“No shows suck! But things happen. Tattoos are a luxury not a necessity so people’s priorities aren’t to get a tattoo. If there’s no reason to why a client will bail on an appointment then that’s a piss take but most of the time there’s a genuine reason. We are in an industry where 99% of us love what we do so losing a day’s work here and there sucks but it’s not the end of the world. Tomorrow’s always a new day, new client and a new design. There’s very little we have to moan about.”


Josh’s philosophical attitude to customers fucking him around is admirable. I ask what he thinks to the risks people take tattooing from home and if more can be done within the industry to educate people about blood born disease and infection control.

“I think tattooists preach enough about the risks, a lot of it is common sense really yet there are still people getting tattooed out of kitchens. It is what it is I guess you can only pass on the info, if people take it then great but if not it’s on them to deal with the consequences.”

Realising I’m bringing the mood of the interview down I try and flip things over and compliment Josh on his neck tattoo.

“Yeah I love my neck pieces by the insanely talented Chris Green!”


Like many skilled artists who are in high demand, Josh strives to achieve a good work life balance and its clear family is at the centre of his world.

“Yeah family is important for sure; I think everyone works to provide for their family and their future.”

My head begins to ache and I check my list; only 3 more questions to go. I ask Josh if there is anything he won’t tattoo.

“I think it’s important to tattoo within your capabilities so as long as I think I can execute something to the best of my ability I’m always happy to take it on, not shy of a challenge but think it’s important to be honest with yourself and your skill set. As far as drawing the line on the highly visible side of tattoos such as face neck and hands, if it’s a cool idea and I think it’ll look good as long as there’s enough coverage on the client that it won’t look silly then I’ll go ahead.”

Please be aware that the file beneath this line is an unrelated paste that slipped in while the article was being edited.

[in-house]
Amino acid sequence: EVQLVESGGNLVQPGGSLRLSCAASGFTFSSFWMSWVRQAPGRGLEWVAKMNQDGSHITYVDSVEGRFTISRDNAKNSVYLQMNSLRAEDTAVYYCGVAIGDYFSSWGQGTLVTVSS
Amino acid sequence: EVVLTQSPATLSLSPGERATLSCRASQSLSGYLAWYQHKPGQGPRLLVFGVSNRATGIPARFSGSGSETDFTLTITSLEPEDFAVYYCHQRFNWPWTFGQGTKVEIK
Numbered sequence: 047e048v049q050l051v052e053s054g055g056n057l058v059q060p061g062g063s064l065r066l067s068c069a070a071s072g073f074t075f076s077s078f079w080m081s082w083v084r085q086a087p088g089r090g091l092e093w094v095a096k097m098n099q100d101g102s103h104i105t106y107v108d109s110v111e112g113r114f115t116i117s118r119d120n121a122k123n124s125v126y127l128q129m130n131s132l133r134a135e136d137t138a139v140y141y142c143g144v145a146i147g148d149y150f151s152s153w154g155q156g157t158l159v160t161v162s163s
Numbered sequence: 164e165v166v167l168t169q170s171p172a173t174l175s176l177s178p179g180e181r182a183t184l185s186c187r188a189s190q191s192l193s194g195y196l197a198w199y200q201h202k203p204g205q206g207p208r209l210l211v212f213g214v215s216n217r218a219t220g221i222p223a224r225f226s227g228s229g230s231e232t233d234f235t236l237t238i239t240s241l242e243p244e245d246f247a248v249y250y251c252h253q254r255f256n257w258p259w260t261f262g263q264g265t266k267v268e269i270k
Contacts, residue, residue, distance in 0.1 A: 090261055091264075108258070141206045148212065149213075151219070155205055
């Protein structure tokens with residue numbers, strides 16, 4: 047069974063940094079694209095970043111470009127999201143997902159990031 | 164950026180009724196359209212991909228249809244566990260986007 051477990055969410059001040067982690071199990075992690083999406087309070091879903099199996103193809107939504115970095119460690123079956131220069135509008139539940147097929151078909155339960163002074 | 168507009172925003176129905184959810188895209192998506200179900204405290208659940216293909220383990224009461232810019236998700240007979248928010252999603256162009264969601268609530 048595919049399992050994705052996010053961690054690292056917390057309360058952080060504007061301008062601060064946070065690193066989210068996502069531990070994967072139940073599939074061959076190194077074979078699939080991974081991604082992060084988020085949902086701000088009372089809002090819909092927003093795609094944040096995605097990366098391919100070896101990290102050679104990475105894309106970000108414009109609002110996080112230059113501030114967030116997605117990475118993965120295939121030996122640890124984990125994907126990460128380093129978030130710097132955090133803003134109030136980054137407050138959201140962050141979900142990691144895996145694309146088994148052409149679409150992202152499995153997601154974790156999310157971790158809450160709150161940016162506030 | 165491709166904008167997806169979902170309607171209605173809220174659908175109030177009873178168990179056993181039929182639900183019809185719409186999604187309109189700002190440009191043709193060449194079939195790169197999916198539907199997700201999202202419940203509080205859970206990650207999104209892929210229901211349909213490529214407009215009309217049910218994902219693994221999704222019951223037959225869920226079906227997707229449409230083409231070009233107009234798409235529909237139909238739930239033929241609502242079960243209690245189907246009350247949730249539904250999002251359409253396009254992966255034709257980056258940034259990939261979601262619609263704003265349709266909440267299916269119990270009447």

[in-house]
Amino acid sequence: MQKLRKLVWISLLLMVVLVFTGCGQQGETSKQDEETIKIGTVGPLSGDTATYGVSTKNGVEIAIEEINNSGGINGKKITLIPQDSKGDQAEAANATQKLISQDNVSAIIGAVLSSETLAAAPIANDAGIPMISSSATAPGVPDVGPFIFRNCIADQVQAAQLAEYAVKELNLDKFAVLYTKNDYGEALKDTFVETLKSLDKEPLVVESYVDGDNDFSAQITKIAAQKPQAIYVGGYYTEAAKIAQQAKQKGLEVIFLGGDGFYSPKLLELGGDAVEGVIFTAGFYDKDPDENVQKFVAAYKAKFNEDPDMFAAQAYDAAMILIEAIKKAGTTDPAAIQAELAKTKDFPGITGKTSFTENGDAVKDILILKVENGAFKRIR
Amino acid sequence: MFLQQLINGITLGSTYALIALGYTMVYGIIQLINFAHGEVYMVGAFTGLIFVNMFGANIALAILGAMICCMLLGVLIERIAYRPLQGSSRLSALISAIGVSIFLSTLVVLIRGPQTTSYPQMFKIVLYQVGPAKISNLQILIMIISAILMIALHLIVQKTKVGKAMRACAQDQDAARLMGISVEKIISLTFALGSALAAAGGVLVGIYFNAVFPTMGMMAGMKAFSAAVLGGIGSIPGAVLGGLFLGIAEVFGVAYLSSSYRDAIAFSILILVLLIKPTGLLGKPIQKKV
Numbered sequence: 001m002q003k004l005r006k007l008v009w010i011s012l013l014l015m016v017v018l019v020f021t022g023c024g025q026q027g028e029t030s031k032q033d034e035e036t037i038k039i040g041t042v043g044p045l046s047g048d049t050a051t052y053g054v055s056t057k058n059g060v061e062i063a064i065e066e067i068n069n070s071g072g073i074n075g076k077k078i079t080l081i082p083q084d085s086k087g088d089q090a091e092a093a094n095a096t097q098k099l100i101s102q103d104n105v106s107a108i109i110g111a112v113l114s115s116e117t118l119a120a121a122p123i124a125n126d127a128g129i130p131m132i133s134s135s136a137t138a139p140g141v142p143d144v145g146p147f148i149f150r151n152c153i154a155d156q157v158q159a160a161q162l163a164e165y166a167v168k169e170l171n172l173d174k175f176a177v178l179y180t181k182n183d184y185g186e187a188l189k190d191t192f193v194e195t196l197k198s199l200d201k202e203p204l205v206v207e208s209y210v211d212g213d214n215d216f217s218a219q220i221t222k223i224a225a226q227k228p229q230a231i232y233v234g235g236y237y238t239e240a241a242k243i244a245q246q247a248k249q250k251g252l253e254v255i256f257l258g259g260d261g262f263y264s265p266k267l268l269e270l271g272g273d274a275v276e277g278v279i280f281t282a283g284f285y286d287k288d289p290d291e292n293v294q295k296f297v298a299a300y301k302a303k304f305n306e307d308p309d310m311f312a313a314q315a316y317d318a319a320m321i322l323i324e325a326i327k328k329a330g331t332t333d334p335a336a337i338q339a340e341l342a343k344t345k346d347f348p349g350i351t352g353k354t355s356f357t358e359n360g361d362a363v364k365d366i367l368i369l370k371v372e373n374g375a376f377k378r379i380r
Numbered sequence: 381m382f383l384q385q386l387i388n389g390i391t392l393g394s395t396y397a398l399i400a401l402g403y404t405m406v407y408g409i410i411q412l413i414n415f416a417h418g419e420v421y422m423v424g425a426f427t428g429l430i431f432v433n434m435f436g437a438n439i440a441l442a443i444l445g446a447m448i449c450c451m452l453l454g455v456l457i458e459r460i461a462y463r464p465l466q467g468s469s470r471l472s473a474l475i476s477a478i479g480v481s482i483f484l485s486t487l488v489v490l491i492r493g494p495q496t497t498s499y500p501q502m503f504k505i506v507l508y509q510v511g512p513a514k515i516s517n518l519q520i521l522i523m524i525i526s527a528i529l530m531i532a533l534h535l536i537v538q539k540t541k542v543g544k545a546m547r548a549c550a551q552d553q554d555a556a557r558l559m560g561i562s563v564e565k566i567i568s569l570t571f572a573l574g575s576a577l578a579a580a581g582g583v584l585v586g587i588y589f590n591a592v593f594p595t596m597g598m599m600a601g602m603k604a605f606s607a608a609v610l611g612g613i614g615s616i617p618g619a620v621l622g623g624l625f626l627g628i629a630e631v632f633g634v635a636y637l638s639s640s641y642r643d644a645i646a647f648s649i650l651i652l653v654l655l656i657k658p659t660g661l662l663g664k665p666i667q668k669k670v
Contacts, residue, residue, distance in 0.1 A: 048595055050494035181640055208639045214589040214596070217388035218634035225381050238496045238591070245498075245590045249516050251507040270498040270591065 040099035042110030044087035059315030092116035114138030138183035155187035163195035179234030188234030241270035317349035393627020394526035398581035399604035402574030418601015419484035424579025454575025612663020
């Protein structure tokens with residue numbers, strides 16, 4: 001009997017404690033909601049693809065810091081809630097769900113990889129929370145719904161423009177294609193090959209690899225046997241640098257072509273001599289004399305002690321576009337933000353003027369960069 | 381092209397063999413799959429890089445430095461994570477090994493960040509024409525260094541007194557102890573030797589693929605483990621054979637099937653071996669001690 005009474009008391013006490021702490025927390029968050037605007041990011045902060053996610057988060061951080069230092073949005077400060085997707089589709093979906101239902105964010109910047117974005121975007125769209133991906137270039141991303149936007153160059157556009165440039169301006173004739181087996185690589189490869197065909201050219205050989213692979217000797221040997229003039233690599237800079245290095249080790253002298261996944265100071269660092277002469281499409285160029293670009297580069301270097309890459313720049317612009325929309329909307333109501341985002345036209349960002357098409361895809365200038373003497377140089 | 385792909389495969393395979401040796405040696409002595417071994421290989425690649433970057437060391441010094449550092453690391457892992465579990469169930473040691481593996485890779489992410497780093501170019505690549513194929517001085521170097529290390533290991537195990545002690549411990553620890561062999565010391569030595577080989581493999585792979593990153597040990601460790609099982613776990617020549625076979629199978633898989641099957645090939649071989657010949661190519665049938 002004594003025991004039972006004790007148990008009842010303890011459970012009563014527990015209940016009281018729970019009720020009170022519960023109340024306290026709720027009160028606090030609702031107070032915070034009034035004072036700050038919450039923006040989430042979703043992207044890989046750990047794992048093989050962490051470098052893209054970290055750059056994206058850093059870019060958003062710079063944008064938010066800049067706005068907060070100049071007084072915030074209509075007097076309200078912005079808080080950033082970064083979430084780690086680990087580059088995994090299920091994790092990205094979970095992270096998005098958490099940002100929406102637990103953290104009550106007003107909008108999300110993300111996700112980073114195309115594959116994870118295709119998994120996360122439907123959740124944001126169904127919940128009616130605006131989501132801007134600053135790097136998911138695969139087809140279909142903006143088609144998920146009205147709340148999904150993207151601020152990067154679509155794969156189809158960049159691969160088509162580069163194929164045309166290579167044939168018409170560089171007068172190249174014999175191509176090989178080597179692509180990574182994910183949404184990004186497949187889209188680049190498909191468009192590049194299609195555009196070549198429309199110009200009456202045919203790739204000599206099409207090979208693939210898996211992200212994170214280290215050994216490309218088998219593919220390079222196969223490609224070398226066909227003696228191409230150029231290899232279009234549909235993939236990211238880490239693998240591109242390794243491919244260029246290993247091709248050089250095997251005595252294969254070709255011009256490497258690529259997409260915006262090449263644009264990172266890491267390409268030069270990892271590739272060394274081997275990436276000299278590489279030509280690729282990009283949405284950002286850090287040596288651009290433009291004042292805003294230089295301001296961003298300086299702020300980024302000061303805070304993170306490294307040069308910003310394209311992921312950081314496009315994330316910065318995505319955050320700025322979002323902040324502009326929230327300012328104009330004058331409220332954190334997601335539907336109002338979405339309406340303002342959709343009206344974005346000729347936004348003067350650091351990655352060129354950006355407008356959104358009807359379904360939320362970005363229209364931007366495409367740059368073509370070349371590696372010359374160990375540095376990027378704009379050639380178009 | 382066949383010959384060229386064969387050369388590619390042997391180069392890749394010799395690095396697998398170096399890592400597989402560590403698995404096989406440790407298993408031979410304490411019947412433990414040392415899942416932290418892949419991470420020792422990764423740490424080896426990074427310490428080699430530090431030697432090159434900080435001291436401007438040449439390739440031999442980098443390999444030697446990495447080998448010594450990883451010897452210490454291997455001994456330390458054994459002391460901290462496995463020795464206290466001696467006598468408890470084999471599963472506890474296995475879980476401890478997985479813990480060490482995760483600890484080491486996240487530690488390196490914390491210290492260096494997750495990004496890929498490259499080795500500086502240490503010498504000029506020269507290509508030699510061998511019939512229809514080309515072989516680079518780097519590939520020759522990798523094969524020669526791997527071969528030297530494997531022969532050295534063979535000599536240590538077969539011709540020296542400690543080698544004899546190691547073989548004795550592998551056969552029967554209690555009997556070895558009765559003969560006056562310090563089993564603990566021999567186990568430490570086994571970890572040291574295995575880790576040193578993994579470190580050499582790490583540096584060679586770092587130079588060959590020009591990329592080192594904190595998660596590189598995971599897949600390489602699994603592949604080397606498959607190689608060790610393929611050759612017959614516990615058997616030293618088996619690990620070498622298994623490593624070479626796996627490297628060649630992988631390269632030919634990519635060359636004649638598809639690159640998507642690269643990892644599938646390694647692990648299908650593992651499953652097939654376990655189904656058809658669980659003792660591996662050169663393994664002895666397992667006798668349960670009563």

"I’ve tried other brands throughout my career and find the Yayo products suit me better.”

One thing I’m finding talking to artists who use Yayo is how genuinely stoked they are about the company’s aftercare products. Josh is no exception.

“Yayo is a great! I use the butters, soaps and the guard for all my tattoos and cannot fault it. I’ve tried other brands throughout my career and find the Yayo products suit me better.”

A sigh of relief rattles out of me as I fire the last question across the internet.

“Plans for 2020 are just to improve and excel in tattooing. Maybe drop into a few conventions and try put myself out there a little more than past years.”

I thank Josh for his time and lament I couldn’t meet him in person. He tells me not to worry and to go back to bed, which I do. I quickly fall into a restless sleep haunted by apocalyptic visions of disease, death and bat tattoos.


A final thought from the author: "Infection control is a serious matter when it comes to tattooing. Getting a tattoo is a surgical procedure and keeping the wound clean is vital. Always wash your hands before applying tattoo aftercare and always trust in Yayo to heal your tattoo to perfection. If you want the best then use the best; use Yayo."

Yayo... its a family thing.


 Words by Matt Haddon-Reichardt
Images by Josh Jeffery and Matt Haddon-Reichardt